President Obama at the Grand Canyon, photo: US Embassy in Bolivia/Creative Commons.
Considering the dismal state of American knowledge of climate change science, and seeming dwindling enthusiasm for science and math more broadly, every little bit of effort helps: Towards that, the White House is hosting a science fair and President Obama himself will appear on a December 8th episode of Discovery's MythBusters "to inspire young people to excel in math and science." No word exactly what myths the President will be busting. Too bad it's not political myths...he could bust the one about not being able to push Congress to do anything constructive about climate change, renewable energy, or other environmental issues here. He already busted the one that you had to be white to be president.
As far as the White House Science Fair goes, it's happening all week and will culminate with the USA Science and Engineering Festival on the National Mall and at 50 satellite locations. During the event the President will view exhibits of student projects.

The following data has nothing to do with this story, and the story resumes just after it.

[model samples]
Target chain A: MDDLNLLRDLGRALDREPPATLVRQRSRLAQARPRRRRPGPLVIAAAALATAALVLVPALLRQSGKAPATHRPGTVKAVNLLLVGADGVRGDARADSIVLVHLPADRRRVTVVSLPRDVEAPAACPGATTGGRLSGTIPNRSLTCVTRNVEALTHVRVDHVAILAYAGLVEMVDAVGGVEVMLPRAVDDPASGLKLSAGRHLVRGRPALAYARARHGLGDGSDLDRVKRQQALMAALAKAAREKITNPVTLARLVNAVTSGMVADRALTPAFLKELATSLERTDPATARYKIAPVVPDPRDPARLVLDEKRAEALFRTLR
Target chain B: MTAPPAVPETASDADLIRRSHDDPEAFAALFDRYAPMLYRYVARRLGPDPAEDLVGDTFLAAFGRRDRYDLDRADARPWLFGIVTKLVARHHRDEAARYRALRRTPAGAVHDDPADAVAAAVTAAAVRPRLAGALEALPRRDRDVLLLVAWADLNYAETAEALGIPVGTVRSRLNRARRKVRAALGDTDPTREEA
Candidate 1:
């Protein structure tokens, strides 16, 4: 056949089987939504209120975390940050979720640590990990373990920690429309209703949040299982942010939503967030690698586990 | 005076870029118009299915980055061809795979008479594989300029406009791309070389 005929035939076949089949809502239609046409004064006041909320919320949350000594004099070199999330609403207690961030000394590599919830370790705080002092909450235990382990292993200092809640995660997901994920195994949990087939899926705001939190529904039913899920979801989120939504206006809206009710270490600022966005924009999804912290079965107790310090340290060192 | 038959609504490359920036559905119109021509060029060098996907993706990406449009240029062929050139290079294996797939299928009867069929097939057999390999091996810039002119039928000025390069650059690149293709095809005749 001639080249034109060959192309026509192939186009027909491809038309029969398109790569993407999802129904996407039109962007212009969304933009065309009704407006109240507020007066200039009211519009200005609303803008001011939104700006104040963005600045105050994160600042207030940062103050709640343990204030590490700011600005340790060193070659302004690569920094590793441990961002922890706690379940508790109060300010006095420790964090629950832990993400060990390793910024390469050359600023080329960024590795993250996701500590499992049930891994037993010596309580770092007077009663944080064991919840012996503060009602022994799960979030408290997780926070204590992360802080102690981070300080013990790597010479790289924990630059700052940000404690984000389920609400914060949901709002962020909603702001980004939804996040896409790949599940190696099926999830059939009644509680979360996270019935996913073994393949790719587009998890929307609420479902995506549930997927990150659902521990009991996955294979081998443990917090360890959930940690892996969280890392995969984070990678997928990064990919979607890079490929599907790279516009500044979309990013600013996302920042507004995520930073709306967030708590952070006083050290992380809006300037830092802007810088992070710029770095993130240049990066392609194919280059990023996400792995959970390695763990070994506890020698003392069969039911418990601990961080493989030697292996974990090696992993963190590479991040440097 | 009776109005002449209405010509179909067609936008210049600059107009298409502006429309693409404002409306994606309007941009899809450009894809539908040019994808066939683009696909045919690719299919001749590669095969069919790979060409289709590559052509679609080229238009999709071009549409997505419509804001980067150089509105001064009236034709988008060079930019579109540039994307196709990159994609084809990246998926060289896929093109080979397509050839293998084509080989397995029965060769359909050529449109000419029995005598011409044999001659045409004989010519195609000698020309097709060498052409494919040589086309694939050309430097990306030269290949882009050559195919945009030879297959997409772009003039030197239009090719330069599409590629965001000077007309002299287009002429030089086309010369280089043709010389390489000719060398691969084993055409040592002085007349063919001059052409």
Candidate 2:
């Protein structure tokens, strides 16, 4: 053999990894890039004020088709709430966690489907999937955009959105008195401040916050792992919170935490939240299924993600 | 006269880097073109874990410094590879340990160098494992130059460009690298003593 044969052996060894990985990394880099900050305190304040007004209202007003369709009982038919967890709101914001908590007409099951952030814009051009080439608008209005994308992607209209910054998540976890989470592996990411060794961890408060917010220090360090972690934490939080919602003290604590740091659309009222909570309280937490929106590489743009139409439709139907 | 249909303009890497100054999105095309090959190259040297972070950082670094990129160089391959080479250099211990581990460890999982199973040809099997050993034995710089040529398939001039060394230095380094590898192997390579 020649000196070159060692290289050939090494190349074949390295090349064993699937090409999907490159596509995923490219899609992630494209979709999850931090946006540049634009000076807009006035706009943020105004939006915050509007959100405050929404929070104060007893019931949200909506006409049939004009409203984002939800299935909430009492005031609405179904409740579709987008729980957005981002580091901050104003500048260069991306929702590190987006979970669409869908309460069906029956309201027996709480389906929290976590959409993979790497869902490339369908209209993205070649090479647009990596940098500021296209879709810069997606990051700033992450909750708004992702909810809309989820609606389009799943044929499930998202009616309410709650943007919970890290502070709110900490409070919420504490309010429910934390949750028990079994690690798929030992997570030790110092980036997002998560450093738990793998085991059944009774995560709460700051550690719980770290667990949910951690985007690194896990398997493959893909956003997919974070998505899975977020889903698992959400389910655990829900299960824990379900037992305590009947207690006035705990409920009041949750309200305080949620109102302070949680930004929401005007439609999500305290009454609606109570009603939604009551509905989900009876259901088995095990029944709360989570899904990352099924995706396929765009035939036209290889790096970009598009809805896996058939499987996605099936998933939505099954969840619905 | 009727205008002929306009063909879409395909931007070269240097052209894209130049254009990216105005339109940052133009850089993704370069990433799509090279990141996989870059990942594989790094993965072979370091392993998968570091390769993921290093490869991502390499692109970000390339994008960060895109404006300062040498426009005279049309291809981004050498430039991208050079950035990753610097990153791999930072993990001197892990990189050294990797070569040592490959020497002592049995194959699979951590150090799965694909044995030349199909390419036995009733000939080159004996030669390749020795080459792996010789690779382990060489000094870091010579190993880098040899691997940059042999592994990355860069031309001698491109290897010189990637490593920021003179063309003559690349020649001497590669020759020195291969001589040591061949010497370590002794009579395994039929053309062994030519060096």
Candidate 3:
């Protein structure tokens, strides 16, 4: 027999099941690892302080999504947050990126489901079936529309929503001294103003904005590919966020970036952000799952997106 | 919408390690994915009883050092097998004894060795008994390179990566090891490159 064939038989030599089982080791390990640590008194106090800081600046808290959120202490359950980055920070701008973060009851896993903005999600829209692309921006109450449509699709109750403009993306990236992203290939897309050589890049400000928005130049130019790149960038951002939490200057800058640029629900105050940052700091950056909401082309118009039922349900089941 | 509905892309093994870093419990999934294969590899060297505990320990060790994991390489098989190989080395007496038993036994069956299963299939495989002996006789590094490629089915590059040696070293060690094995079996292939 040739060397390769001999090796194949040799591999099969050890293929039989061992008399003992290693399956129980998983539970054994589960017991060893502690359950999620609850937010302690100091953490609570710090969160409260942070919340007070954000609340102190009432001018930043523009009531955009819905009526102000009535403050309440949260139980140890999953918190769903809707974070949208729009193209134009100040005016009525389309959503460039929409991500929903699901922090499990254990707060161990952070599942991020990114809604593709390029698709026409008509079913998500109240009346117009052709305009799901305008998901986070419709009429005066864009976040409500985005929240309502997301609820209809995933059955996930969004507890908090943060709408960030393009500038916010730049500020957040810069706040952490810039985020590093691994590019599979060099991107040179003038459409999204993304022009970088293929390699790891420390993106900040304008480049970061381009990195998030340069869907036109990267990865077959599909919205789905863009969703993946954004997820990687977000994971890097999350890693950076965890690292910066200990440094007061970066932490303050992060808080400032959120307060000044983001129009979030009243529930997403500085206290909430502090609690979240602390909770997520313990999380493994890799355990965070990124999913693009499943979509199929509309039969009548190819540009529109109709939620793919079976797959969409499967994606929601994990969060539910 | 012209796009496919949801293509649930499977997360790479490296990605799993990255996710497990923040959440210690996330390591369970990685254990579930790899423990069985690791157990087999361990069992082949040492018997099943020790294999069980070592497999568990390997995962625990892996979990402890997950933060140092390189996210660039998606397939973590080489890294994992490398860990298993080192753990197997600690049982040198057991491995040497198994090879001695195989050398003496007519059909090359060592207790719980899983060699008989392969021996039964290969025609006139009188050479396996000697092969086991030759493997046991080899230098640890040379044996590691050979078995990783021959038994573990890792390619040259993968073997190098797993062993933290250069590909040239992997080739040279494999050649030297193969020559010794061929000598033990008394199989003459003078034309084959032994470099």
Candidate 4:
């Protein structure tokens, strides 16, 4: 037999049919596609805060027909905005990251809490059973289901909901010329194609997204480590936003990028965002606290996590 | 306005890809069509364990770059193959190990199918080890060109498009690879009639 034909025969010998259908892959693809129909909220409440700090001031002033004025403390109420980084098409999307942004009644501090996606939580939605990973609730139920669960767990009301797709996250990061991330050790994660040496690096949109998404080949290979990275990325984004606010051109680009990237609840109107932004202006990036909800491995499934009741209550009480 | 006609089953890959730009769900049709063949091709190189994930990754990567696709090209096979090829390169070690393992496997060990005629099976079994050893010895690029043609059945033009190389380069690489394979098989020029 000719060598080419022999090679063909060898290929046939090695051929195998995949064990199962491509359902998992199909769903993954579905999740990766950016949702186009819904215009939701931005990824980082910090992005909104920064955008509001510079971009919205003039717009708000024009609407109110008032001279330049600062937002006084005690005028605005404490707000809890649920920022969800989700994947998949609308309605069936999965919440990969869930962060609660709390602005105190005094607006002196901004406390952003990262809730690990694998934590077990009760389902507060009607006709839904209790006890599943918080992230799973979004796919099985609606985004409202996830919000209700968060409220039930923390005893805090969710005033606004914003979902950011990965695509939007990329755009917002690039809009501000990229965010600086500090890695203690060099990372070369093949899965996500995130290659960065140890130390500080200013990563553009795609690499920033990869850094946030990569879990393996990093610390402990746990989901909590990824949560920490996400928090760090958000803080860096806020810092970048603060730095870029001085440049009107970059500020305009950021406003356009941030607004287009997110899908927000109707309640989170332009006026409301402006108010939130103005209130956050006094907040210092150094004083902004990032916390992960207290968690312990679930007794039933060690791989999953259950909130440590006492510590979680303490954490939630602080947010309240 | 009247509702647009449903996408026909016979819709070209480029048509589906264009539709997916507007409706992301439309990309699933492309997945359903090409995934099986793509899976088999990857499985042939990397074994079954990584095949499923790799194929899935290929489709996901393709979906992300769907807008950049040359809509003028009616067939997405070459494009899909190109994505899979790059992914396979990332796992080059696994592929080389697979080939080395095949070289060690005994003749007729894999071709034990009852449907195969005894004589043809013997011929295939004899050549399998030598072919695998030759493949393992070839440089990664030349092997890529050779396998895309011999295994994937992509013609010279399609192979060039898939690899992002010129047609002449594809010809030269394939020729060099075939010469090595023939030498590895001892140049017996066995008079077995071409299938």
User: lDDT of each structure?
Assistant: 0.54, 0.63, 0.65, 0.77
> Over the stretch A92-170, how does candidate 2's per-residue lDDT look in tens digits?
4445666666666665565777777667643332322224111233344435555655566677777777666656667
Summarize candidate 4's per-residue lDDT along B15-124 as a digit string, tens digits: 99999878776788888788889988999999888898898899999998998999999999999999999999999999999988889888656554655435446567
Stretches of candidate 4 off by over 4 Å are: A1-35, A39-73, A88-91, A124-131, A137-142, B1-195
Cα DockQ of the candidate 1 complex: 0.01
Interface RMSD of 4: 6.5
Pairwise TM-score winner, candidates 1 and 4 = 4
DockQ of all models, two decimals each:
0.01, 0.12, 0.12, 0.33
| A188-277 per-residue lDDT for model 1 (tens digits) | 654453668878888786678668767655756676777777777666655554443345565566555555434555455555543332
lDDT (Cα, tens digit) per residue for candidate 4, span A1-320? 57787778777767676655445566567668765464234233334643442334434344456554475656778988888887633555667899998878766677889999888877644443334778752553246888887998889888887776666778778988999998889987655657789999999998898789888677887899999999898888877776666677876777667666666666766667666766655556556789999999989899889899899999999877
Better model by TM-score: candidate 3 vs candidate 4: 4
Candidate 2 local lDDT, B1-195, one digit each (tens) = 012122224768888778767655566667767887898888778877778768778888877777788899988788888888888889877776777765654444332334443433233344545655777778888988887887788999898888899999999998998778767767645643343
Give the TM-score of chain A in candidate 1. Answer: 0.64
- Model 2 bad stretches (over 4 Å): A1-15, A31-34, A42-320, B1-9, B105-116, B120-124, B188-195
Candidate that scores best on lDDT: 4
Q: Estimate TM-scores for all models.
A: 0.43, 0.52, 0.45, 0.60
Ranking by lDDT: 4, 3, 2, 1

Over in the New York Times, Andy Revkin has a great summary of the type of practical work that really needs to be done in science and engineering to cope with current and long-time-coming environment problems:
The time for stasis on science and technology and related education initiatives passed years ago. Without a sustained energy quest, there's no way to chart a smooth ride for humanity toward and past the anticipated 2050 population crest. That's not to say this push should be too energy centric. Re-read this post on the utter lack of international investment in food and agricultural science for more.
Humanity, particularly today's established economic elite, has a lot of work to do. There's a sharp curve in the road up ahead after a two-century, fossil-fueled growth spurt. With a sustained focus on education and inquiry there's a good chance we'll merely scrape the guardrail before rounding the bend and reaching a more balanced approach to fitting our infinite aspirations on a finite planet.
If you can't wait for the President's MythBusters episode, there's of course plenty of MythBusters every Wednesday between now and then at 9pm on Discovery Channel.
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More on Science in America:
Why American Women Accept Climate Change Science More Than Men
On A Climate Change Knowledge Test, Half of Americans Would Flunk
Why the US Lags Behind the Entire World in Understanding Climate Change